How I’m Adding Sustainability Into My Travels.

Small simple changes. I’m sure we’ve all heard the saying one person can’t change the world, but we can all change the world by doing one thing, or something along those lines. Such a mindset inspired me to explore a more eco-friendly way of travelling. The purpose of this post is to highlight the tiny swaps which, undeniably, make a big impact in the long-term. Sustainability can be such a daunting concept, but it doesn’t need to be. The moment you start exploring the topic, you’re already ahead.

Ditching Plastic For Coconut Bowls.

The moment I came across organic coconut bowls, I was hooked. As the name suggests, you’re looking at bowls, plates and cutlery made entirely from waste coconut shells. I pack a few with me when I go to street-food markets, and ask for food to be directly added into the bowls. I mean, it’s better than a plastic container. Not only do coconut bowls LOOK nice, they’re easy to maintain. I purchased mine from a market by the sea during a summer of European travels, however ‘Wearth London’ and ‘Etsy’ also sell the product.

Supporting Local Produce.

Next up is the incorporation of more local produce. In the past, I would go to the supermarket, pick up some fruit and head to the checkouts. Sounds familiar, right? Right. However, how many of us actually look at the labels? I’ll be honest, I never did. That’s why I never knew just how far the groceries in my cart had travelled. I felt bad, because I knew I could be supporting local sellers who grow their own fruit/veg. It’s another way to avoid plastic consumption too. Oh, and why does local produce seem so much more flavoursome?

Finding Alternatives To Makeup Removers.

It’s time to put down chemically-infused makeup remover sheets and switch towards reusable cloths. Not any cloth though, a specific type aimed for makeup removal. Need convincing? What if I tell you these cloths remove makeup more efficiently, are gentle on the skin, can be washed/dried in seconds and will end up saving you money. Sold? I thought so.

Practising The Concept Of Slow Travel.

In short, slow travel focuses on sustainability in a way which differs from mainstream tourism. The idea encourages travellers to leave behind a fast-paced mindset, such as intense island-hopping, in favour of giving yourself time to experience connection. The sustainable part comes from the fact there’s a higher chance you’ll purchase from local communities or interact more deeply with the environment. You’re bound to view a place more authentically too. Who doesn’t love recommendations from locals, after all?

Want my personal insight? Previously, I assumed every element of my trip had to be jam-packed with adventure to maximise. The thought of sleeping in late or being at a place for too long gave me fear of missing out. I was always on the move. Yes, I was constantly entertained but something was missing. I lacked connection. I felt like I wasn’t really learning anything, even though I had plenty of things to do. An article on slow travel is what forced me to put together the pieces. Everything suddenly made sense. I was craving emotion with locals, nature, and culture. Things which I wasn’t getting from my usual travel approach. In that moment, I abandoned my travel bucket-list. At least temporarily. Small changes are better than no changes, as they say…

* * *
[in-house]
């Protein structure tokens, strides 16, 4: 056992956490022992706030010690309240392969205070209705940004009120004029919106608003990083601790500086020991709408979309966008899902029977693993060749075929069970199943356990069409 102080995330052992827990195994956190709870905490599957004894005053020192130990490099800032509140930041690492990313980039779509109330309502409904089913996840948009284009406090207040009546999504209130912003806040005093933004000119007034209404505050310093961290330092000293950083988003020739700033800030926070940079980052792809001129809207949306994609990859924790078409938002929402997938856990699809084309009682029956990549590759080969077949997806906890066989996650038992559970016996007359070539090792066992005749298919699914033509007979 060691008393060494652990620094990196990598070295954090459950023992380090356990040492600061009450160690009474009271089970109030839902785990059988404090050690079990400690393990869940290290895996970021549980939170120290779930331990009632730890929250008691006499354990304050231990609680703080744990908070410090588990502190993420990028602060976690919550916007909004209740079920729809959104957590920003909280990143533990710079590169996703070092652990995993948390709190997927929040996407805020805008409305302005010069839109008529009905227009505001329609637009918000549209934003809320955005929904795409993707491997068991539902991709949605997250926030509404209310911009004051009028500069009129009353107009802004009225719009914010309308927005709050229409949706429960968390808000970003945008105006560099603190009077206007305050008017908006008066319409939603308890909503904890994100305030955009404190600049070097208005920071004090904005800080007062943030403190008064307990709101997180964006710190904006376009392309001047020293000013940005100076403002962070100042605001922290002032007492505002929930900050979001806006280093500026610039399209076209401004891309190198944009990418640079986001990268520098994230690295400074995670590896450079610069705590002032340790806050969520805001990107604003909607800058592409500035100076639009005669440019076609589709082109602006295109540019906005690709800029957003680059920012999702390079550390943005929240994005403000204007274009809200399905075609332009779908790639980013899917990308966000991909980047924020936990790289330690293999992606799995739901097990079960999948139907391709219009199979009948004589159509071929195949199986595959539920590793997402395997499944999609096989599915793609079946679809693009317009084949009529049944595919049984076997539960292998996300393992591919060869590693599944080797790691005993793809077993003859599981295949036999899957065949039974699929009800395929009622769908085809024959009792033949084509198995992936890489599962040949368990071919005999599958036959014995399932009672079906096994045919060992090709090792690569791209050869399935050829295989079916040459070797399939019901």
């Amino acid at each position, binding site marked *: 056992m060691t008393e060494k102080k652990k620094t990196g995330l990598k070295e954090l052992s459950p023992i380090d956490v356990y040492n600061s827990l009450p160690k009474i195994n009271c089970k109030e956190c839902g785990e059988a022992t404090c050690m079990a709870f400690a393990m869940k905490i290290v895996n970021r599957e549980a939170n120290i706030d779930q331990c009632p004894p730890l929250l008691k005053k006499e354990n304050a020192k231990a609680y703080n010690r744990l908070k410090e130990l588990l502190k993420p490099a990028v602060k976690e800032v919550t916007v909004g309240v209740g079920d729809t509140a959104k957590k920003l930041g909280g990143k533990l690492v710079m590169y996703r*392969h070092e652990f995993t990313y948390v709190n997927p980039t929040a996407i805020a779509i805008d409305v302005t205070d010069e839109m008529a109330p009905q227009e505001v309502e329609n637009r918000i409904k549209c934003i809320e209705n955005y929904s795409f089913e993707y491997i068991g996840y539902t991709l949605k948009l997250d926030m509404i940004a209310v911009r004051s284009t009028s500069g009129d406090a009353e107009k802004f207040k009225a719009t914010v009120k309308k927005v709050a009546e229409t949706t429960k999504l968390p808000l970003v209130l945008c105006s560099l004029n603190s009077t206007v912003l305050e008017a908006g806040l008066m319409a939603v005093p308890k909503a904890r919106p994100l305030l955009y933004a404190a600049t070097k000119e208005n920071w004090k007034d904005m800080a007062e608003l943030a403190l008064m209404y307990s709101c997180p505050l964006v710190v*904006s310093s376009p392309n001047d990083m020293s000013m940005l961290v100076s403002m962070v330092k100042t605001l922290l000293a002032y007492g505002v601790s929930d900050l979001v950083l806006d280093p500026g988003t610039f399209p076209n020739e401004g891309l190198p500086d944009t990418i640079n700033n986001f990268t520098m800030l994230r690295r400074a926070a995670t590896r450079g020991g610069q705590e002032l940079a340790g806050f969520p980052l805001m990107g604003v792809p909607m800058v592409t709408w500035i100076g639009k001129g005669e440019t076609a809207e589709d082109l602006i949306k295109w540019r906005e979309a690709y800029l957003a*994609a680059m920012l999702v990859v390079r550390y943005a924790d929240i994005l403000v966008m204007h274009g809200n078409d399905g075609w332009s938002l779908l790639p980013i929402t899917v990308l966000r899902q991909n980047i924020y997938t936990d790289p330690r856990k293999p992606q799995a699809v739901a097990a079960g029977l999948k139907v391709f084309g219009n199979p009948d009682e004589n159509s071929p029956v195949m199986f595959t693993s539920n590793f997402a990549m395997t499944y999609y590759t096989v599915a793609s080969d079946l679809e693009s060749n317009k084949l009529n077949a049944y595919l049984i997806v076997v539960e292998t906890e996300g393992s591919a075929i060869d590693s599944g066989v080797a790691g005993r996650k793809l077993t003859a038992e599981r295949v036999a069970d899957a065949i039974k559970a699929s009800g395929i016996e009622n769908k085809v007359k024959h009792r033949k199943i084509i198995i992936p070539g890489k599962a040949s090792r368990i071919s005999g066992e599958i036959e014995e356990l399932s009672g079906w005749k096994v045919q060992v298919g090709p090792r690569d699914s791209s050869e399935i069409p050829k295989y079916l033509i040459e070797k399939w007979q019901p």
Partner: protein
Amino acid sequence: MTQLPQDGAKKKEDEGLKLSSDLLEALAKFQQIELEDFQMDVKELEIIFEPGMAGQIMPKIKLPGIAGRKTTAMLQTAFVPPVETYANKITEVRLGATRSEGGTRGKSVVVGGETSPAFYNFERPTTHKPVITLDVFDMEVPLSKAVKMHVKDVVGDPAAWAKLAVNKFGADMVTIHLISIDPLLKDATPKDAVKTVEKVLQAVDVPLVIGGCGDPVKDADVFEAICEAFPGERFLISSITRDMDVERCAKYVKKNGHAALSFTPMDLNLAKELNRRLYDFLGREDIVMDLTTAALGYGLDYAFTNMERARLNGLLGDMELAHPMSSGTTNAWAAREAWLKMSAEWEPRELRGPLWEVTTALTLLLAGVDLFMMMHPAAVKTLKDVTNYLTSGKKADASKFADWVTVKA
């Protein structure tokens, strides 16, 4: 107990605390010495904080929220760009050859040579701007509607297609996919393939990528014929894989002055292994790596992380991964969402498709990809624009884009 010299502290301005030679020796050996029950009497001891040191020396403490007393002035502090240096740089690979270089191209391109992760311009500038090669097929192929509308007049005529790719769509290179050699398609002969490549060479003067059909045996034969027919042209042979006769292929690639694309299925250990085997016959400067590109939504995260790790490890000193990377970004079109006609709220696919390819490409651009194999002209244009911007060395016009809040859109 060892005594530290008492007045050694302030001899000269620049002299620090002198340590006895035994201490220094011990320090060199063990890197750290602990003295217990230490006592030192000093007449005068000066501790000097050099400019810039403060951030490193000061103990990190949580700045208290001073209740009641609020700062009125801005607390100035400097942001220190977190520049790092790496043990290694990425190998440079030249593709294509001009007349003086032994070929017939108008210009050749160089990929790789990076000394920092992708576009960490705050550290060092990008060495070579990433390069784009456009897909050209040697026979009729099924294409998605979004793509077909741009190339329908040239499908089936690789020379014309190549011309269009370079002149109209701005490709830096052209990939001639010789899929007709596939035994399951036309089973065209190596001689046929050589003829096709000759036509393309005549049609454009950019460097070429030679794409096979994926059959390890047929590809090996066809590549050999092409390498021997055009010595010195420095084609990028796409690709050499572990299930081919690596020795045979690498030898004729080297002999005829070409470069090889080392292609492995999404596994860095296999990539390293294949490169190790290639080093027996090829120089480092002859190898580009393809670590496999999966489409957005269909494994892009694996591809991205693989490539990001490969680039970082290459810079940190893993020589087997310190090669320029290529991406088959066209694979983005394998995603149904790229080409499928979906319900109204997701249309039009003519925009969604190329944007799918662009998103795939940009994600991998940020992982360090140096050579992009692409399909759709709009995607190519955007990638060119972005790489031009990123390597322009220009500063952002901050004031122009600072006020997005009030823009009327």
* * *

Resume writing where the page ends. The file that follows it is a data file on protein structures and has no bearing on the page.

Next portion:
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  1. Organic coconut bowls! What a great idea, and honestly, as a guy, hadn’t even thought of the make-up removal thing, but my wife thought your suggestion a great idea! The produce idea’s a lot harder, though when we go to Vermont, almost all their food is from their home state, and if not, clearly labeled. Nice post, Yaz – thank u! 😊

    1. Thank you so much! I’m glad you both liked the ideas, and I totally agree that the produce point is perhaps harder than the other points! Also, because here in the U.K. there isn’t the climate for things like tomatoes 😭 I would love to have a mini greenhouse in my garden in the future ! There is something that looks so therapeutic about growing my own fruit and veg but I know it would take a lot of patience!!

      1. Only our youngest girl’s had the patience to grow some veggies so far, but my oh my are they tasty! Hopefully there’ll be some affordable solution for a little greenhouse there; I imagine the cold spells are very damp!

  2. Ooh the coconut bowl sounds fantastic! I’ve never thought of that for street food etc before. Similarly I’ve been meaning to start going to meat/deli counters in supermarkets and getting produce put straight into tupperware etc, but this feels like a further step. I always love finding ideas like this!